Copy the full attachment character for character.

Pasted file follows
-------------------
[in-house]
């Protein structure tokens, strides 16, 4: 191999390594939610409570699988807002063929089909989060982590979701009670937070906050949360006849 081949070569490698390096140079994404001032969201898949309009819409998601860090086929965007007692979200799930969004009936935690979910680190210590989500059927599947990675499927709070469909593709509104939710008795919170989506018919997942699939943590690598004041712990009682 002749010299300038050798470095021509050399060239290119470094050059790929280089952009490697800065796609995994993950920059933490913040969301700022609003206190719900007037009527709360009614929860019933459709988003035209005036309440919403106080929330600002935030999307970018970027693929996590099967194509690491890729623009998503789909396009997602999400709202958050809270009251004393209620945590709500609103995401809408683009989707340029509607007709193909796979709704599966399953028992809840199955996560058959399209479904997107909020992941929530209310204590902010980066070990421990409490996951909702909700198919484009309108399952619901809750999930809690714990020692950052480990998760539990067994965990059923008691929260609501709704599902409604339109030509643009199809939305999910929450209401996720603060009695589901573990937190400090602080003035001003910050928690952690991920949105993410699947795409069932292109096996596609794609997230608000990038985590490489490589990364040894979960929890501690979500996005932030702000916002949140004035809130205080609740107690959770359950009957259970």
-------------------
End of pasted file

[in-house]
């Protein structure tokens, strides 16, 4: 191999390594939610409570699988807002063929089909989060982590979701009670937070906050949360006849 081949070569490698390096140079994404001032969201898949309009819409998601860090086929965007007692979200799930969004009936935690979910680190210590989500059927599947990675499927709070469909593709509104939710008795919170989506018919997942699939943590690598004041712990009682 002749010299300038050798470095021509050399060239290119470094050059790929280089952009490697800065796609995994993950920059933490913040969301700022609003206190719900007037009527709360009614929860019933459709988003035209005036309440919403106080929330600002935030999307970018970027693929996590099967194509690491890729623009998503789909396009997602999400709202958050809270009251004393209620945590709500609103995401809408683009989707340029509607007709193909796979709704599966399953028992809840199955996560058959399209479904997107909020992941929530209310204590902010980066070990421990409490996951909702909700198919484009309108399952619901809750999930809690714990020692950052480990998760539990067994965990059923008691929260609501709704599902409604339109030509643009199809939305999910929450209401996720603060009695589901573990937190400090602080003035001003910050928690952690991920949105993410699947795409069932292109096996596609794609997230608000990038985590490489490589990364040894979960929890501690979500996005932030702000916002949140004035809130205080609740107690959770359950009957259970």